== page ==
ABC Co. will also maintain a database of information relating to claims processed on its Web Site. Information in this database will include items such as an insureds name and address, and any claims made by the insured and processed on the Web Site. ABC Co. would like to share information in this database with all insurance companies that subscribe to the Web Site. By making this information available, insurance carriers could reduce the potential for fraudulent claims by an insured.
In consideration for access to its web site, ABC Co. will receive a fee from insurance companies for each claim processed using the Web Site. ABC Co. will not sell insurance to consumers nor will it collect any fees from consumers.
Only independent adjusters will use the Web Site, and the second database, which contains the claimant information inputted by insurance adjusters who use the web site, will no longer disclose the names of insureds.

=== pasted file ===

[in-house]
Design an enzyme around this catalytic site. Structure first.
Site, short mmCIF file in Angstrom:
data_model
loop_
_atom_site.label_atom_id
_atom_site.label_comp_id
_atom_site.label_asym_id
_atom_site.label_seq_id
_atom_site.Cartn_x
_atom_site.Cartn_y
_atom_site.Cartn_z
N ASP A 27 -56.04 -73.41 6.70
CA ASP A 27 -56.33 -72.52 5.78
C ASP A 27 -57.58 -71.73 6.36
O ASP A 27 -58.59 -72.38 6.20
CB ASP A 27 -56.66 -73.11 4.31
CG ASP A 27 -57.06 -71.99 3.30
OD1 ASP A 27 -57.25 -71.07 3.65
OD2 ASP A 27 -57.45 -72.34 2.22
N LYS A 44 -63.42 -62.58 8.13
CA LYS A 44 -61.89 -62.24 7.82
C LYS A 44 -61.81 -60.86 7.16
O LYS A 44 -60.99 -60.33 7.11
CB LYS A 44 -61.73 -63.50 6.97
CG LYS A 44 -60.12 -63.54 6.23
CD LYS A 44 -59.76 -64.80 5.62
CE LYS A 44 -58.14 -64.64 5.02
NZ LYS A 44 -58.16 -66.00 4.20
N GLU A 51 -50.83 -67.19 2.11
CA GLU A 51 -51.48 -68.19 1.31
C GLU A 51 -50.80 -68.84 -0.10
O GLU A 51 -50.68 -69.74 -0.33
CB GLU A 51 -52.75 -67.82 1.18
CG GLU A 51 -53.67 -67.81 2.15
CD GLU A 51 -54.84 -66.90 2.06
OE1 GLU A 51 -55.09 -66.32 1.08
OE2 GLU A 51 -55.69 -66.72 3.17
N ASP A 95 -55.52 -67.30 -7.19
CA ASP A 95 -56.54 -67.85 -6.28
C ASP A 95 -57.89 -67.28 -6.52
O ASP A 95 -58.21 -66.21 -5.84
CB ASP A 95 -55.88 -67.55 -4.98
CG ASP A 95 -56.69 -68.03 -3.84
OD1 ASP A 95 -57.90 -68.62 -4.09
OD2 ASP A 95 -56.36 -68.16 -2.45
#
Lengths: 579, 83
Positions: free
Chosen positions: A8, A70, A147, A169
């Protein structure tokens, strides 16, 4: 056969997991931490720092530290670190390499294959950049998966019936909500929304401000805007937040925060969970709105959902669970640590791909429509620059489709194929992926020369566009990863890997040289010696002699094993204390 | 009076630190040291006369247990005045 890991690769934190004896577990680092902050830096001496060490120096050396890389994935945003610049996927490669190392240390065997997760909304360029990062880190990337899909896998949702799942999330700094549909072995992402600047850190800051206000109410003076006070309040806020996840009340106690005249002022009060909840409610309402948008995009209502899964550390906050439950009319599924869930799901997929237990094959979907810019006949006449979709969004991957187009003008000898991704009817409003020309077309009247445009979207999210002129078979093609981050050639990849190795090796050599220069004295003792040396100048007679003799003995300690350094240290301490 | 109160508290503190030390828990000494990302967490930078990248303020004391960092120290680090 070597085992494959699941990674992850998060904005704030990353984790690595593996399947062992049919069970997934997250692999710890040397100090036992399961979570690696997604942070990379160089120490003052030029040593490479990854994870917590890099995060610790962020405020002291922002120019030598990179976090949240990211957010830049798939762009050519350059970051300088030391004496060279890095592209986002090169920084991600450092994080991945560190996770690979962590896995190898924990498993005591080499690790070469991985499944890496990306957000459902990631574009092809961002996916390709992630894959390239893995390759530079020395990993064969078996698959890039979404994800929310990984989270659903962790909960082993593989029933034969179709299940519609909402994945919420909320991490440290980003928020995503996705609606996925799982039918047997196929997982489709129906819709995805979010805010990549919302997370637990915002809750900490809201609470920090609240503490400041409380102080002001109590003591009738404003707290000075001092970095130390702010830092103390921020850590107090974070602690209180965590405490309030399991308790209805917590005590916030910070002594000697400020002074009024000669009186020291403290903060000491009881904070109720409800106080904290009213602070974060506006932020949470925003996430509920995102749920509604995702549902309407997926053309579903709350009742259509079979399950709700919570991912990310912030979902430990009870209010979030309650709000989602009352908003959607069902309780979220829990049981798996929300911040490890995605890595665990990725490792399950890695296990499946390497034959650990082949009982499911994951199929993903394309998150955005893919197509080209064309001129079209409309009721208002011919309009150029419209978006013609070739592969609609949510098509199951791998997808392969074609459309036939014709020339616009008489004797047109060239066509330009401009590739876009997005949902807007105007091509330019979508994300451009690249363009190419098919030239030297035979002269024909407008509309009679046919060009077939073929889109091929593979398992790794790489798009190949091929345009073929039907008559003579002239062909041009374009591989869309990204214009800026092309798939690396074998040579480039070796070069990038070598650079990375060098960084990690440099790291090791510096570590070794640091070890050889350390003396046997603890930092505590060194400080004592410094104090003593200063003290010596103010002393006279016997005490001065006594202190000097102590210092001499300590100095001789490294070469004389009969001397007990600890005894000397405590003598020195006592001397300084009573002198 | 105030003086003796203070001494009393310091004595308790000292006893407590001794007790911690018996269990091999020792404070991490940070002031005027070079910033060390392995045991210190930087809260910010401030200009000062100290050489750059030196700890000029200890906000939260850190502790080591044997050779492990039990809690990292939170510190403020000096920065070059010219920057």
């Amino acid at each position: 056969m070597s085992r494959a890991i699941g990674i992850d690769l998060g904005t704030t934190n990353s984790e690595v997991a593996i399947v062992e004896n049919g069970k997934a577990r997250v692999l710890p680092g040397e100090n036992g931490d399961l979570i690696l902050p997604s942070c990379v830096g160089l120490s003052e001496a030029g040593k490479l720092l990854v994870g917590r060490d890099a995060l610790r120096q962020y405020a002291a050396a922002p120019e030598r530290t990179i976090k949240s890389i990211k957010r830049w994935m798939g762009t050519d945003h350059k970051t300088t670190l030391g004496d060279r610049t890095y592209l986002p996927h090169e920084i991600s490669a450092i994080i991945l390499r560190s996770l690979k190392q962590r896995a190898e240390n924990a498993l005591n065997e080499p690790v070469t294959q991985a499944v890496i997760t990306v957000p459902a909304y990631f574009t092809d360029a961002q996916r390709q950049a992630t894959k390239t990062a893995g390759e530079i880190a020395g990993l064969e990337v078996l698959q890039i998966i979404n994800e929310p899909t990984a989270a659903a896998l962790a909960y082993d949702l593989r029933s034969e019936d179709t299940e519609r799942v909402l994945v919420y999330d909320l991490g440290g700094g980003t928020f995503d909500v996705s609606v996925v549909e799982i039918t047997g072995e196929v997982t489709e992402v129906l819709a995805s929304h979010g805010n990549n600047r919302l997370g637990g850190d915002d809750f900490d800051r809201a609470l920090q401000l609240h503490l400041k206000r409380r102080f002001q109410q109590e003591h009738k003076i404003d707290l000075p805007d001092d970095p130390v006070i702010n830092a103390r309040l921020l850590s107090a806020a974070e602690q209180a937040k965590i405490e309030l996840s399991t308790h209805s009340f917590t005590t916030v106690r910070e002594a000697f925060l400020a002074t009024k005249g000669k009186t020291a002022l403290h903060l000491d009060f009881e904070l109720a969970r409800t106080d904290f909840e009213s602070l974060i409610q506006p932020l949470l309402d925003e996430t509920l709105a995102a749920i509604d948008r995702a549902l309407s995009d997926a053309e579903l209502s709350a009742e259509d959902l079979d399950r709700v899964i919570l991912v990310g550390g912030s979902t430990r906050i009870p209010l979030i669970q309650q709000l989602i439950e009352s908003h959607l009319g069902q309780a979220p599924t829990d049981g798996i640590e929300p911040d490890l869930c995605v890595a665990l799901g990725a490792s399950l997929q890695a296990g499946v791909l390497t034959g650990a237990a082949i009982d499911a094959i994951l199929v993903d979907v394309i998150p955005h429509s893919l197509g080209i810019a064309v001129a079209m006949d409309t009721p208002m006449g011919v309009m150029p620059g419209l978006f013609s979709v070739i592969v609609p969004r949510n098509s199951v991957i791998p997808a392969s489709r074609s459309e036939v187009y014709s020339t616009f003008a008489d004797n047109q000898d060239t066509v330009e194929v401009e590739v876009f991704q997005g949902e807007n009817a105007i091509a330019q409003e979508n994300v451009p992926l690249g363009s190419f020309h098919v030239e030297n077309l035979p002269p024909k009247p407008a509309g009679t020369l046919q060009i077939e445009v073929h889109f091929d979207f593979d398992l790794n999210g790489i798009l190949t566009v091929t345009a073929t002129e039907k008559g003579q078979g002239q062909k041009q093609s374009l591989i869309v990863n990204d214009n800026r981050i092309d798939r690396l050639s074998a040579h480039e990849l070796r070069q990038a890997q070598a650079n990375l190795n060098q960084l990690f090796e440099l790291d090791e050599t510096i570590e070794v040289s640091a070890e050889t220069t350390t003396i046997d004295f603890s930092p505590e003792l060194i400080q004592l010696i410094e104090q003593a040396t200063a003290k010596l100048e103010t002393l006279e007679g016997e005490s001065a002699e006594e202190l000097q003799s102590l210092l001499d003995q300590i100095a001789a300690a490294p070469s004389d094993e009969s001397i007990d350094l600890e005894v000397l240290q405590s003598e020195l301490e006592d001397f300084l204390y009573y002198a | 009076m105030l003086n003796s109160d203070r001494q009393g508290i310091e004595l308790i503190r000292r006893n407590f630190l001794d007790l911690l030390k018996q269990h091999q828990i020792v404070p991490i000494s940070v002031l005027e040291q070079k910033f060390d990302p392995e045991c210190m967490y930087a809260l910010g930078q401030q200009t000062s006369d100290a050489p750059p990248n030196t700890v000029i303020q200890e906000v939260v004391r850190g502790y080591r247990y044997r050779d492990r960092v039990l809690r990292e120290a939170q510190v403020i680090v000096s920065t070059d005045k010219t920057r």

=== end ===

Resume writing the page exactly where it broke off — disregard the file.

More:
N.Y. Ins. Law § 2102(a)(1) (McKinney 2000) provides that: "[n]o person, firm, association or corporation shall act as an . . . insurance adjuster in this state without having authority to do so by virtue of a license issued and in force pursuant to the provisions of this chapter."
The New York Insurance Law defines an "independent adjuster," in pertinent part, as:
[A]ny person, firm, association or corporation who, or which, for money, commission or any other thing of value, acts in this state on behalf of an insurer in the work of investigating and adjusting claims arising under insurance contracts issued by such insurer and who performs such duties required by such insurer as are incidental to such claims and also includes any person who for compensation or anything of value investigates and adjusts claims on behalf of any independent adjuster . . . .
N.Y. Ins. Law § 2101(g)(1) (McKinney 2000).
Thus, pursuant to the above-quoted statutes, an entity that investigates and adjusts claims on behalf of an insurer must be licensed as an independent adjuster.1